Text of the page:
The Odyssey  

Eric Liddell One of the most interesting books they got to read this year.


The manual says for them to read 20 minutes a day, and does not give any good living books or book basket suggestions for this. 

The Cat of Bubastes: A Tale of Ancient Egypt During Weeks 5-7 they suggest the student reds this book during their reading time.  My boys said it was ok.


Introduction to Logic- WE LOVED THIS ELECTIVE.  This is probably our absolute favorite part of the entire year.  They were so sad when it was done!

  • The Fallacy Detective
  • The Thinking Toolbox
  • Logic Puzzles Workbook They ended up loving the logic puzzle at the end of The Thinking Toolbox so much that I bought them a logic puzzle workbook to use for the rest of the year.

High School Curriculum, Tenth Grade:
Switching from MFW to Sonlight


  1. I’ve followed you for a few years and I’ve loved seeing how you used the family cycle. My oldest will be going into 8th this year and we’re starting to think a lot more about direction for high school. This post intrigues me and I so appreciate your honest evaluation and details of what went well and what didn’t. I’m so curious to know what you will be using moving forward? Are you planning to write a blog post on that? Thanks!

    1. Thanks for following our journey! We have switched to Sonlight for High School! Since their sequence is so different than MFW, w are actually using their 9th grade American History, but 10th grade Classic Literature. I hope to write a blog post about it once we get more into it and I know what I'm talking about!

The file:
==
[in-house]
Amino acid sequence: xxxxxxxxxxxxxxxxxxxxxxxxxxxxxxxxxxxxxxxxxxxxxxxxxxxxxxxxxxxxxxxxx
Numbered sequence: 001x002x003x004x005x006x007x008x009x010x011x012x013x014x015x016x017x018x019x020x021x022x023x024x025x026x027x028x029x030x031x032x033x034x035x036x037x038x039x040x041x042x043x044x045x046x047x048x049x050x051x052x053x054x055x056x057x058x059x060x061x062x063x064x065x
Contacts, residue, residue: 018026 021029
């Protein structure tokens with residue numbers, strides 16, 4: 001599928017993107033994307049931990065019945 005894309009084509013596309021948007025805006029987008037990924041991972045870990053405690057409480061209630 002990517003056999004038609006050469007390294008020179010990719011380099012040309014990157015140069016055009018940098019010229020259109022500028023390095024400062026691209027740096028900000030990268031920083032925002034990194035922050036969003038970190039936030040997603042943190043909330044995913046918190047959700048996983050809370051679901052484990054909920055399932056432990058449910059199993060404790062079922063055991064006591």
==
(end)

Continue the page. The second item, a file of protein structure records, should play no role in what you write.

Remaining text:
2. Here is a blog post about the curriculum we are switching to from MFW!

  2. What curriculum will you be using? My daughter will be in tenth grade. We did Notgrass last year.

    1. We have switched to Sonlight High School. We needed a more living books based curriculum, and I was able to rent it from a friend for a reasonable cost.

  3. Thanks for this, Robin! I shelved Adventures in US History for some of the reasons that you described, and wondered if I was the only one disturbed by the Christian nationalism in the spines. We also are not strict young earth creationists and I will have to tweak some of the ancient history because of that. We had loved MFW for preschool through first grade. We did something else this year and will try continuing with ECC this year, if we homeschool high school all this will be helpful for me to keep in mind.

    1. You are definitely not alone! The trend towards Christian Nationalism in many Christian American History spines is very discouraging. Hope you can find something that works for you!

    2. Thank you for your review. I have struggled finding a family curriculum without Christian nationalism sprinkled throughout.

    3. It is a challenge for sure and getting harder each year.